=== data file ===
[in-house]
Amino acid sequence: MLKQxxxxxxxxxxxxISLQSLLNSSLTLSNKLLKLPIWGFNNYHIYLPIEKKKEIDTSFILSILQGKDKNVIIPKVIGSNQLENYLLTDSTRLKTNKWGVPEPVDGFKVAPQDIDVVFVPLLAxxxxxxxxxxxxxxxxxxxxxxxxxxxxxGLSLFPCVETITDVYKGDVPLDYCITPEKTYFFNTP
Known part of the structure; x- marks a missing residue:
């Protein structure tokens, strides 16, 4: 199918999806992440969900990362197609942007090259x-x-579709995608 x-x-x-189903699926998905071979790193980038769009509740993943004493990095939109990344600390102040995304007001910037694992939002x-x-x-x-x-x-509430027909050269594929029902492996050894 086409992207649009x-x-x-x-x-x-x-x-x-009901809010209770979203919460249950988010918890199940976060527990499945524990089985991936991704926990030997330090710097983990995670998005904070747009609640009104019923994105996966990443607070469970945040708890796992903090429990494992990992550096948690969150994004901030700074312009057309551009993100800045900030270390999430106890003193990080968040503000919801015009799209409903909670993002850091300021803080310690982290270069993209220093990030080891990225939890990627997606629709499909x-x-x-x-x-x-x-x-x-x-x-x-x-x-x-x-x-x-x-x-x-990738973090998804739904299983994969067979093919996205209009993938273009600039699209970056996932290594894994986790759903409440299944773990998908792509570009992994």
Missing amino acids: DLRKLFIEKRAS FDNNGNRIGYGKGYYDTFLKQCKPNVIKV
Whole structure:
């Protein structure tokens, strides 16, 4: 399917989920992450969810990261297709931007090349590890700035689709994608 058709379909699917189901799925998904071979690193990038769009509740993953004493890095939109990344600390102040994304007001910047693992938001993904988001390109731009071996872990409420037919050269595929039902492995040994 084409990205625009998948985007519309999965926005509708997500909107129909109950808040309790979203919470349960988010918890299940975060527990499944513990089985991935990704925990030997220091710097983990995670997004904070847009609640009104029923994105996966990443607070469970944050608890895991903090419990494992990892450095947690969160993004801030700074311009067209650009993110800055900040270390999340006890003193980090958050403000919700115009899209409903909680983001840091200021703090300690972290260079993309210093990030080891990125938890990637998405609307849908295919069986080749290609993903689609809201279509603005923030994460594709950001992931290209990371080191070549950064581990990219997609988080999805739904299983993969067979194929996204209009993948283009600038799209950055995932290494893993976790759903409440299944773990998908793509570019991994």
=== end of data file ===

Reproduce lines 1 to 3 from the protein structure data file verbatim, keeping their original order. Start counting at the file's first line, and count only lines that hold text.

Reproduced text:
[in-house]
Amino acid sequence: MLKQxxxxxxxxxxxxISLQSLLNSSLTLSNKLLKLPIWGFNNYHIYLPIEKKKEIDTSFILSILQGKDKNVIIPKVIGSNQLENYLLTDSTRLKTNKWGVPEPVDGFKVAPQDIDVVFVPLLAxxxxxxxxxxxxxxxxxxxxxxxxxxxxxGLSLFPCVETITDVYKGDVPLDYCITPEKTYFFNTP
Known part of the structure; x- marks a missing residue: